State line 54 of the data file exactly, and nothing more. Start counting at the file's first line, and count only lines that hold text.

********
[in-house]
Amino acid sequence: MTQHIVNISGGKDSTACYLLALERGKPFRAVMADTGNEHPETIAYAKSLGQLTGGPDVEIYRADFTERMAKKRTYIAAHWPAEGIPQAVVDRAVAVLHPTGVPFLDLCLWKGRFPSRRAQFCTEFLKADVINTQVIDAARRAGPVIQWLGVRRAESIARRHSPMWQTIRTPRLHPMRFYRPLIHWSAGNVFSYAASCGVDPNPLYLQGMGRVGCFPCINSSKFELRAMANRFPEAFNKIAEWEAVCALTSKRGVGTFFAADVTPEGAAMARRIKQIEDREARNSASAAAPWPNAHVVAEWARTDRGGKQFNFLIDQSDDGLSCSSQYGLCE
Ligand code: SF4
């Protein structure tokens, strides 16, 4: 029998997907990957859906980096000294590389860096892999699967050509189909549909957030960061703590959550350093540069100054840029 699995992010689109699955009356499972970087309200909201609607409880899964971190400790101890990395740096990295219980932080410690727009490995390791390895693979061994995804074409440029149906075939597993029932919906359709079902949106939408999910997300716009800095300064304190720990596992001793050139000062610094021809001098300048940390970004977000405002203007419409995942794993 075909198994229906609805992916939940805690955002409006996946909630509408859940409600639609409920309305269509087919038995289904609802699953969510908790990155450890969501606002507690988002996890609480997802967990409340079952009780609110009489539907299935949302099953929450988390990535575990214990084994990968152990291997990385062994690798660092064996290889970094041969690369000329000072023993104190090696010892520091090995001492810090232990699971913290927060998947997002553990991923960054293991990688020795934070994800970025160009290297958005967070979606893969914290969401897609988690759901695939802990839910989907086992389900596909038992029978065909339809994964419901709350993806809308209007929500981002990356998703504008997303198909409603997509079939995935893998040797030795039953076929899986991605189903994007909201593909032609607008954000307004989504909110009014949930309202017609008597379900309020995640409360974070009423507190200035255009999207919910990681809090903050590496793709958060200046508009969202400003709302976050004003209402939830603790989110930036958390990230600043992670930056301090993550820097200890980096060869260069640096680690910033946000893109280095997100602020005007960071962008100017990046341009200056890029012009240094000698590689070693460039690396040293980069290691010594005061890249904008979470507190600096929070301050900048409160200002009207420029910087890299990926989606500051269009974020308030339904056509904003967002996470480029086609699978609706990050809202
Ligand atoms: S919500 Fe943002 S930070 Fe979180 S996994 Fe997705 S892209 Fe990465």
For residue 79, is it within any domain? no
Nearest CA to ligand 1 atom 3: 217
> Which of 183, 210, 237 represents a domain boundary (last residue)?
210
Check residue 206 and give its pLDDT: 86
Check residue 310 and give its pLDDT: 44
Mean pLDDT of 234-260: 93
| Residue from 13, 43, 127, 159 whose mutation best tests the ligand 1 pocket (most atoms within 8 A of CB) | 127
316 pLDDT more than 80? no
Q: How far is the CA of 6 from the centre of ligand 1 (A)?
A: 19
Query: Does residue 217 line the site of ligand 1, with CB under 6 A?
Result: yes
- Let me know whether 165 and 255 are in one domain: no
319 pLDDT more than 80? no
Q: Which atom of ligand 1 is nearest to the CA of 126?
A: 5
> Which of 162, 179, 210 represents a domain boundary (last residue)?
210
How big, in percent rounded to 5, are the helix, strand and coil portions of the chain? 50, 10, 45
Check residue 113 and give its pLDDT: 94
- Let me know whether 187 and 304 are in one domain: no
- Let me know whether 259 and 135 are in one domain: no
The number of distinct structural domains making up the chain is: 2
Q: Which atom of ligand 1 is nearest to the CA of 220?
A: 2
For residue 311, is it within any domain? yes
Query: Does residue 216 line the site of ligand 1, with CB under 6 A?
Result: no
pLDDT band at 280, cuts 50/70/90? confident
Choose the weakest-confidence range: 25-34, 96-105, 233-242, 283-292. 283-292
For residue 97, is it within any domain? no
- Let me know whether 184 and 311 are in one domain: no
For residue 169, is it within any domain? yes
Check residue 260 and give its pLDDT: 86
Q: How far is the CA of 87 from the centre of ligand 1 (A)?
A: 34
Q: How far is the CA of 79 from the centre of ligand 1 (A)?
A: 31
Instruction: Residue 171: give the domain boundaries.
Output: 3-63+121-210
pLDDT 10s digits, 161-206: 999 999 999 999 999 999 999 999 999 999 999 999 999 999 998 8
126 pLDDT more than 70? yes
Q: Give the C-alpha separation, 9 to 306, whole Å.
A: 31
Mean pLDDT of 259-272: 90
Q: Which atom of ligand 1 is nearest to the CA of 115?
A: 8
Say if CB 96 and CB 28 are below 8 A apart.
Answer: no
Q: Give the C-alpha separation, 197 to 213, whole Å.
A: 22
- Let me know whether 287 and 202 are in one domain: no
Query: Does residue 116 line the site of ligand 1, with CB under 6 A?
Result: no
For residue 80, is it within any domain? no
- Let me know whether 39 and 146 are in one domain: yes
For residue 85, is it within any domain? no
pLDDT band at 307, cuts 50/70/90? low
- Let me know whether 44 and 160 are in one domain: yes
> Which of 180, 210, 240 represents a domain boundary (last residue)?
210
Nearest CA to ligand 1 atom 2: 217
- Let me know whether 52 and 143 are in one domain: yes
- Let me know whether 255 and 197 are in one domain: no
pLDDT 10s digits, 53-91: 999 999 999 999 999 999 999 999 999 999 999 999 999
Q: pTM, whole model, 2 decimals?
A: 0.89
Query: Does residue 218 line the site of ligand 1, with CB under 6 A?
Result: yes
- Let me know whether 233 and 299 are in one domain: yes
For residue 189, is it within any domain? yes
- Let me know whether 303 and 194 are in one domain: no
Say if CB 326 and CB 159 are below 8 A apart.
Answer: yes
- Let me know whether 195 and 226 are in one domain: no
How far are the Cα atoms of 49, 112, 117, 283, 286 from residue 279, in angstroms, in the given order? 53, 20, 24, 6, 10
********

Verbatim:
Say if CB 96 and CB 28 are below 8 A apart.